I love to go for walks around Quinn’s Pond at all times of the year, meandering between Boise and Garden City and taking in the beauty of the river. The changes that have come to this part of town consistently impress me. From its varied beginnings to its current status as cultural haven, this former industrial area is now a prime piece of real estate. Those who live, work and play in this area can do so on foot and by bike, and it’s truly become a community of its own. I’m so looking forward to seeing it change even more as the valley grows.
During the Boise Basin gold rush of the 1860s, populations of Chinese immigrants joined the flocks of people moving to Boise. When little gold was found, the Chinese community leased land parcels on Government Island, a 600-acre piece of land that was formerly used to grow hay for the horses of Fort Boise. The channel of the Boise River was different back then, and much of that area is what we now know as Garden City, named for the Chinese Gardens that flourished there. Chinden is the main thoroughfare, and the name is an homage to the area’s history, as it’s a contraction of Chinese and Garden.
Over time, the farms disappeared with redevelopment. With more lax laws and cheaper land than its neighbor across the river, Garden City became a destination for industry. During the economic downturn of the Great Recession, the growth of Garden City really slowed, however. Since 2012 and 2013, the area has grown into a pulse point of culture and community. It’s become a city within a city.
In terms of real estate, Garden City offers a variety of lifestyles. Riverside Village boasts homes built in the late 1990s and early 2000s on large lots with waterfront perks. As the families who settled in this area downsize, opportunities for buyers who want to remodel for their own taste are available. The Waterfront District has more urban layouts that include townhomes and unbeatable access to recreation on the Boise River.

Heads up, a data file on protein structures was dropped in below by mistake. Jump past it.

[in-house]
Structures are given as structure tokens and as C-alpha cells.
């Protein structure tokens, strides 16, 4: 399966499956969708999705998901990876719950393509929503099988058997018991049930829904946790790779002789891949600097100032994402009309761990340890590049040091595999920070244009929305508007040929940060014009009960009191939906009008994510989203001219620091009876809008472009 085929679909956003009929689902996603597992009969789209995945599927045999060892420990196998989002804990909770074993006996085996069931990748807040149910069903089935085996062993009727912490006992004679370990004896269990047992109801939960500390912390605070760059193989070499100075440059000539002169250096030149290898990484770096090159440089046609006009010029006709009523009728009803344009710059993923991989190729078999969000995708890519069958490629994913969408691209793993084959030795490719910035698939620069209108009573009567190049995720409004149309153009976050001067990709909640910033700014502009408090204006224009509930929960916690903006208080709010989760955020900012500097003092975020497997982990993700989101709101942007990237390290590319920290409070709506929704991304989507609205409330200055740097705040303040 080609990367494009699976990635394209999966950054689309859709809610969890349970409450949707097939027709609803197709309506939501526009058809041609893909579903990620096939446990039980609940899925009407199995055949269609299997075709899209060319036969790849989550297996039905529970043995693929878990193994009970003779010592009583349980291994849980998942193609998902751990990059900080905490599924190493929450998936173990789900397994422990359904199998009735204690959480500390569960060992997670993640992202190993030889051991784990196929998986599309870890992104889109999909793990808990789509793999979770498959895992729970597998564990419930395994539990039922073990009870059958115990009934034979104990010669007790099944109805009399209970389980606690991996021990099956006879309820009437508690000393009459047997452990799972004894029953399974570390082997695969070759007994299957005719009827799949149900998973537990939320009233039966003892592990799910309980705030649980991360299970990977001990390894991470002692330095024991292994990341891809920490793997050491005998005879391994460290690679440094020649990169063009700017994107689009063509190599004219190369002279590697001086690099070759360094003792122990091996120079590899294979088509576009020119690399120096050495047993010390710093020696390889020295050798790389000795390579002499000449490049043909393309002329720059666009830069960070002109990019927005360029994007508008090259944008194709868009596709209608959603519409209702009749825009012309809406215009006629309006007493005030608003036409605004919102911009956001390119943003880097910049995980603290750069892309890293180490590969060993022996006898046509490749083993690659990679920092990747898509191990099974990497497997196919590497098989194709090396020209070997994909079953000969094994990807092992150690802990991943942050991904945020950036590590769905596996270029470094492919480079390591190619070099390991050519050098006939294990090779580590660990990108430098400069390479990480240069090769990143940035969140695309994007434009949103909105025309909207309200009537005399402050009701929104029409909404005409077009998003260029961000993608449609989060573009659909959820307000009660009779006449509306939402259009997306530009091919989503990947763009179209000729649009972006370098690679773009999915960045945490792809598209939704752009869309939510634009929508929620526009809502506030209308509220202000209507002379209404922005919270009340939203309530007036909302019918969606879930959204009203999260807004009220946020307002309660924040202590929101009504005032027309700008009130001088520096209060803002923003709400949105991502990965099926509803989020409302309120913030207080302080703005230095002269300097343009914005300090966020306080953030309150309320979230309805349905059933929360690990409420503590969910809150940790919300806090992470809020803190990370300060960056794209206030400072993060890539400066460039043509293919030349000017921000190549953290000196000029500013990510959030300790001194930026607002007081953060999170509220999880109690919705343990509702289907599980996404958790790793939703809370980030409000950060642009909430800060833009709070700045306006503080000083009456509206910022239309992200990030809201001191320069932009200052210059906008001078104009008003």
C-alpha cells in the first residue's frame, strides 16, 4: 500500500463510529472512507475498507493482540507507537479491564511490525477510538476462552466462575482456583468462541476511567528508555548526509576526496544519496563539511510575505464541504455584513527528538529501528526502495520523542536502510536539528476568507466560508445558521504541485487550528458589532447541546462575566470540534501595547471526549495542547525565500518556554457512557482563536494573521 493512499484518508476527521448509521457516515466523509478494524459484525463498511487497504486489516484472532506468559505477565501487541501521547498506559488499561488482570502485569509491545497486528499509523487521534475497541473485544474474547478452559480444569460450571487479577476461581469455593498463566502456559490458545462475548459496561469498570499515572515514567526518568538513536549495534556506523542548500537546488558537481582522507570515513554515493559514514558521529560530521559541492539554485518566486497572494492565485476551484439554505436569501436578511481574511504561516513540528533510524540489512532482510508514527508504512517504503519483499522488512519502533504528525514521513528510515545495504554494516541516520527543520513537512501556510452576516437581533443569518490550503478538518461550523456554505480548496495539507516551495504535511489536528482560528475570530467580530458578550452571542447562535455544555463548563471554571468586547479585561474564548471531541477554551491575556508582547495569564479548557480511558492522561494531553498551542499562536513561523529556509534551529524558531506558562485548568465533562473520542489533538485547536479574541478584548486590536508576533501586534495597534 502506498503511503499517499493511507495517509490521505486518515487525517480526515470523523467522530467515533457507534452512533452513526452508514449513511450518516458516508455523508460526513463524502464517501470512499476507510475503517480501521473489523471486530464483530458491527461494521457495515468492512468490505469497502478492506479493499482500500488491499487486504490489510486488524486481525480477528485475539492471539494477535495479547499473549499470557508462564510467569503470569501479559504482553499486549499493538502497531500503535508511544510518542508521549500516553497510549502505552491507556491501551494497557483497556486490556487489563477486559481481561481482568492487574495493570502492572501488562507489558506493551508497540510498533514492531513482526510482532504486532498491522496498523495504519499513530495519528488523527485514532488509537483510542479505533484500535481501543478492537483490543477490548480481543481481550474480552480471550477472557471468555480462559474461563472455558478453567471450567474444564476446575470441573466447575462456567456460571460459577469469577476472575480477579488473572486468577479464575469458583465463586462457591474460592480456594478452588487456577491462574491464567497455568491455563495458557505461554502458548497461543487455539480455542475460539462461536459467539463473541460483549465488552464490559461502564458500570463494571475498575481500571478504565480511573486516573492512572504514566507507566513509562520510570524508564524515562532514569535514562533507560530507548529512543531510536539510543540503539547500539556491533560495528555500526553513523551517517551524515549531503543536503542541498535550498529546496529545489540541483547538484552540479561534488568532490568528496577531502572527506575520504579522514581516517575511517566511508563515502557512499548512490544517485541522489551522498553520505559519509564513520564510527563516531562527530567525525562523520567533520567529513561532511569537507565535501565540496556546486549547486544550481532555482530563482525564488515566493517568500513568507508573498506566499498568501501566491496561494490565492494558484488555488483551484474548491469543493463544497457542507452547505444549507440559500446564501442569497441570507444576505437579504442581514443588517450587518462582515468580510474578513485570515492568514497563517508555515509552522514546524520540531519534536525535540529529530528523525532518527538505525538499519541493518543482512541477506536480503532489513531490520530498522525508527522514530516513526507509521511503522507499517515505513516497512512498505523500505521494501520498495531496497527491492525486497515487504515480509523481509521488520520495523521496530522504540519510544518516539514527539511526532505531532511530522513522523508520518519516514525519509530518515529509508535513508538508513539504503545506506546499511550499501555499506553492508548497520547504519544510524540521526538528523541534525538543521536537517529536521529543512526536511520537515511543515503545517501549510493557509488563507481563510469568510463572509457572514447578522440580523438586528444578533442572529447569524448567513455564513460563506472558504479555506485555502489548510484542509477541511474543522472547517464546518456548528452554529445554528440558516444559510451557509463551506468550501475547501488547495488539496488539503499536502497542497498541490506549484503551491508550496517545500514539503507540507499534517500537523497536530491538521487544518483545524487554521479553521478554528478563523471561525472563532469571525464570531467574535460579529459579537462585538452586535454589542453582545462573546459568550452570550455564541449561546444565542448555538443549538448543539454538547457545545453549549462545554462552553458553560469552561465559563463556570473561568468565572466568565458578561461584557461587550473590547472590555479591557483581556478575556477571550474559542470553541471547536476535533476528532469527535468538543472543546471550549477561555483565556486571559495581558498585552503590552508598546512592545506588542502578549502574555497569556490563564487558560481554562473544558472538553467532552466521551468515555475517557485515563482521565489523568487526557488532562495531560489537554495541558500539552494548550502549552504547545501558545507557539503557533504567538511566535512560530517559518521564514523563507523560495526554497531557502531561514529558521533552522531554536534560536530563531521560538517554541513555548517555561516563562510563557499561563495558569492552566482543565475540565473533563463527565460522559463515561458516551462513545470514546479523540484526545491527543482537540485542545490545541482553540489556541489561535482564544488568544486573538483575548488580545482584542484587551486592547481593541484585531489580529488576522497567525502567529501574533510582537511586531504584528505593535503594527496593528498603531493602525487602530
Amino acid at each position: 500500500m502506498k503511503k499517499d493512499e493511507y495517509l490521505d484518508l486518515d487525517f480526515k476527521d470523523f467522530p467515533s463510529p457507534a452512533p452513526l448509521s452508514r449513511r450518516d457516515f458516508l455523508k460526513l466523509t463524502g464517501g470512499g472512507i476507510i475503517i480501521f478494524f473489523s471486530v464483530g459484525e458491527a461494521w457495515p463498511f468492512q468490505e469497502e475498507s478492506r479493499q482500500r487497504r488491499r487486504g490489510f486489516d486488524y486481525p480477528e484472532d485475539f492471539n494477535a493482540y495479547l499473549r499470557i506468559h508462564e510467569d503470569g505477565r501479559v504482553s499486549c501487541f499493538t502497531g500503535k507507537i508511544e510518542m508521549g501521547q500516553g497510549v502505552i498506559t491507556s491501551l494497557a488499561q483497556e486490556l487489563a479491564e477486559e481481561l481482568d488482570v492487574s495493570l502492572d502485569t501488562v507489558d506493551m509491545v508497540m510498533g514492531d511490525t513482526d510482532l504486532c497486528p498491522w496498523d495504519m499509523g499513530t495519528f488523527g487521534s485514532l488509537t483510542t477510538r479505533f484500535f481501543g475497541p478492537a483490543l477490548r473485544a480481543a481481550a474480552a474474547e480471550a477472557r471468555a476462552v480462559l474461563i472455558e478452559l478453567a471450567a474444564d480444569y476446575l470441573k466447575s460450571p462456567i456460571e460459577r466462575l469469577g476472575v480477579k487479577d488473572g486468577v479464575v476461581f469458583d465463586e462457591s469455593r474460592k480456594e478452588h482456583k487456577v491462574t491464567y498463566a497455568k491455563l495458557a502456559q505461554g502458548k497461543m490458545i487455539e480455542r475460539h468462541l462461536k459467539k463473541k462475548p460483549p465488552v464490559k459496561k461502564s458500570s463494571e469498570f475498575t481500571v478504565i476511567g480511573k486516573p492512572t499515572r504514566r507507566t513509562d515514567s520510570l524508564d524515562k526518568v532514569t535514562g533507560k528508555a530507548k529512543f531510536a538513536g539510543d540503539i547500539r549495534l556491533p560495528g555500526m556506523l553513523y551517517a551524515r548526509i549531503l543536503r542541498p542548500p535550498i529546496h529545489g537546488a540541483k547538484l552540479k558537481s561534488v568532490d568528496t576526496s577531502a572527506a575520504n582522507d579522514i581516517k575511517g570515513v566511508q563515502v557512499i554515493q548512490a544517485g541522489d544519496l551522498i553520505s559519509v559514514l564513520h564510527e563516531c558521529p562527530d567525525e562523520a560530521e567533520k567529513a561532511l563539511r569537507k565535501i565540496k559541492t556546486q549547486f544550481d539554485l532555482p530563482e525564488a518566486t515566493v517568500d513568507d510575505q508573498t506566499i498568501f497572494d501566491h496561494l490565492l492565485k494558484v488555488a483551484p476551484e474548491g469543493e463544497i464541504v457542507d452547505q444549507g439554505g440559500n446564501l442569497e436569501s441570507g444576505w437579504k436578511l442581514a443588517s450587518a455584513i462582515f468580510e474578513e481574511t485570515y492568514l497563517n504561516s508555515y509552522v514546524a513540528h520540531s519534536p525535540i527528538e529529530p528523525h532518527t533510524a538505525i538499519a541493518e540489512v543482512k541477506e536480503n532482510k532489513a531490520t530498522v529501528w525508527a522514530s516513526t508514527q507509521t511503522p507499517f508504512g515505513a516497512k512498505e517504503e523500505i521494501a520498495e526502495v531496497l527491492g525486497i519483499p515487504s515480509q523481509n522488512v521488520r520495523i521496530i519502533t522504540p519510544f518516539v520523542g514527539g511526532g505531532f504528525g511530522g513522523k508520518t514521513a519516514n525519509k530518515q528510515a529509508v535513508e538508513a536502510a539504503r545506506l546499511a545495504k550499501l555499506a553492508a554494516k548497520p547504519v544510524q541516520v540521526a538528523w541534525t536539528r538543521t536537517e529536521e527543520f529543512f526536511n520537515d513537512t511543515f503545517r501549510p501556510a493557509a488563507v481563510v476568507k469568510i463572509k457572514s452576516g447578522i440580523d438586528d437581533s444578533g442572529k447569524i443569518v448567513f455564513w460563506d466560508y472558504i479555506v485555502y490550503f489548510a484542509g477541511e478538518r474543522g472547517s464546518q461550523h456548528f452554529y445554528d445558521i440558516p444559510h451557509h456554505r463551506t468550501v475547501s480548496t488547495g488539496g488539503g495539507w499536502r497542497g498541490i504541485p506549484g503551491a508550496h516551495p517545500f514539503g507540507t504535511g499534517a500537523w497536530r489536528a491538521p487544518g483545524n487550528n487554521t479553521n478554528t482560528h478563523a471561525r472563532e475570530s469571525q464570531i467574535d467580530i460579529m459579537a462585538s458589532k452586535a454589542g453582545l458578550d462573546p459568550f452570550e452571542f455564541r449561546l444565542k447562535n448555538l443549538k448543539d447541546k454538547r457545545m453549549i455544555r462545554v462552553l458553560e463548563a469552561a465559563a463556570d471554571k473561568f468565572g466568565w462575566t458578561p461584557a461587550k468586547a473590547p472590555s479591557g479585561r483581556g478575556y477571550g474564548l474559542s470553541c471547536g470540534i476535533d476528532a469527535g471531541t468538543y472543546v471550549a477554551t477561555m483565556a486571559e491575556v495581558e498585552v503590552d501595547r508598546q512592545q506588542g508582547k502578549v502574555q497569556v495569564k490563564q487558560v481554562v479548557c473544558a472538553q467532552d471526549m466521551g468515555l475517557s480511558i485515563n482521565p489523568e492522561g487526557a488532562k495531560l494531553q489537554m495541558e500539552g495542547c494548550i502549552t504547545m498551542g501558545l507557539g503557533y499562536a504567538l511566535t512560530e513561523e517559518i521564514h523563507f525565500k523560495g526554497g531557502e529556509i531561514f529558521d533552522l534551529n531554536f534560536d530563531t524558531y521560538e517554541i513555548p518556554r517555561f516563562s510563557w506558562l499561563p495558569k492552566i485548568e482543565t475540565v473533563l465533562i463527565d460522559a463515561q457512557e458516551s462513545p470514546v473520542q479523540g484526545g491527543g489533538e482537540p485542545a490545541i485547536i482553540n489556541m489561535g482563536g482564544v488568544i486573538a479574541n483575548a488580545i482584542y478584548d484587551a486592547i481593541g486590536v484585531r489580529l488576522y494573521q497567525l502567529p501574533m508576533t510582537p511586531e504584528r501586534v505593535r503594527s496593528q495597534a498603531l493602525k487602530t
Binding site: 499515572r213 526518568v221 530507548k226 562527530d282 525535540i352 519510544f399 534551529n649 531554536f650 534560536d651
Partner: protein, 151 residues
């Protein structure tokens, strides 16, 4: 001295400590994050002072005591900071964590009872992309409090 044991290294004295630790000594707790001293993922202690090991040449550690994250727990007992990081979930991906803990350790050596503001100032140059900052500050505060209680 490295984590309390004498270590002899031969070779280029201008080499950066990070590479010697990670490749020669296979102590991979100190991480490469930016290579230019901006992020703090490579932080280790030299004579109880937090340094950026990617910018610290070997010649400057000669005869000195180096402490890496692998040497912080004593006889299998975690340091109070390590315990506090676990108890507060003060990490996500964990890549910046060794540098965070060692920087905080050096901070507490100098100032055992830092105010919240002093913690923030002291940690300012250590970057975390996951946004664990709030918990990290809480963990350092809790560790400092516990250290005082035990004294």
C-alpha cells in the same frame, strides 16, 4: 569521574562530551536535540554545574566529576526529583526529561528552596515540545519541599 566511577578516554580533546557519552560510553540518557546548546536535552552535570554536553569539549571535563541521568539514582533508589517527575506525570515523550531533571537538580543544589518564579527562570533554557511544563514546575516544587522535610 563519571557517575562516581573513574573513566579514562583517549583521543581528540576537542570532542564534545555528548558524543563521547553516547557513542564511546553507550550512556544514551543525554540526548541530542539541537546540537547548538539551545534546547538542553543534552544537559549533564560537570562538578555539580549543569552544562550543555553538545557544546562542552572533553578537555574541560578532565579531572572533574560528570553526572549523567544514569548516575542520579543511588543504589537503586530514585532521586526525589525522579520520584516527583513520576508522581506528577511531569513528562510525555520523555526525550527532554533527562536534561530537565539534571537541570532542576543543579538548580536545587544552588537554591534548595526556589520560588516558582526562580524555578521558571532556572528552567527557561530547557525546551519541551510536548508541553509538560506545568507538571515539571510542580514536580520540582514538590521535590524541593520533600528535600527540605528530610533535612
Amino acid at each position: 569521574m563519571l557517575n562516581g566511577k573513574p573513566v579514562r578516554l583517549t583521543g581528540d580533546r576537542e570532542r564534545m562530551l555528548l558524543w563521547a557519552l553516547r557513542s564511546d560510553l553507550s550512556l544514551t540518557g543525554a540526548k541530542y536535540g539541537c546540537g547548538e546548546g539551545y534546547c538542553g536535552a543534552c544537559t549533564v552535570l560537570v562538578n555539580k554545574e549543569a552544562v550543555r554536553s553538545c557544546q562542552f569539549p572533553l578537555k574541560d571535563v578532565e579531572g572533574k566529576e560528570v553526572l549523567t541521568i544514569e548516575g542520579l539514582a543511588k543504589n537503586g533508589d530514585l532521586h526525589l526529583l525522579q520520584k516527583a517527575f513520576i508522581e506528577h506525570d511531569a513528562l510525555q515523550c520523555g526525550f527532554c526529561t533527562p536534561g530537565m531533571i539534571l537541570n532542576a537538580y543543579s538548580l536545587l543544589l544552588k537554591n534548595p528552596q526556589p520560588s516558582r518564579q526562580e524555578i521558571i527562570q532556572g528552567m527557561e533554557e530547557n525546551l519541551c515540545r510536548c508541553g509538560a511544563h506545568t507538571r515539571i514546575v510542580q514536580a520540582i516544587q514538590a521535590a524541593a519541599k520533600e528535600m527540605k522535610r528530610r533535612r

My perfect summer day typically ends with a walk on the Greenbelt or paddle around Quinn’s Pond. Whitewater Park offers endless recreation for kayakers and surfers, and Idaho River Sports can get you geared up.
Garden City’s food and beverage scene has something for everyone. Urban breweries and wineries have particularly flourished there. Telaya has a riverside lawn with fire pits that make it a Greenbelt hotspot year round, while Western Collective has one of the trendiest scenes and seasonal hard slushies and frosé. I also love the wine from Cinder and Coiled, who have tasting rooms off Chinden.
When it comes to food, Gem Street Kitchen’s food truck at Yardarm is a go-to when we walk the Greenbelt. The Stagecoach Inn is a must-try for classic steakhouse fare. Caffe Luciano’s on the river has a modernized menu from The Bench favorite.
Garden City’s retail presence has also grown. Roots Zero Waste Market has made the area fully stocked on local, organic and zero-waste groceries. North End Organic Nursery puts the garden back into Garden City. Boise Vintage is my favorite spot for mid-century modern furnishings. The 34th Street Market on Wednesdays and Saturdays brings local food trucks, artisans and local businesses together on the river. It’s also near Push and Pour, one of my favorite coffee shops.
Things to Consider
Garden City has come a long way in terms of high-end real estate and hip restaurants. However, it’s still in the middle of a gentrification cycle and most parts continue to be very urban. For homebuyers looking for walkability, bike-ability and a bright future, Garden City is an exceptional community with lots of potential.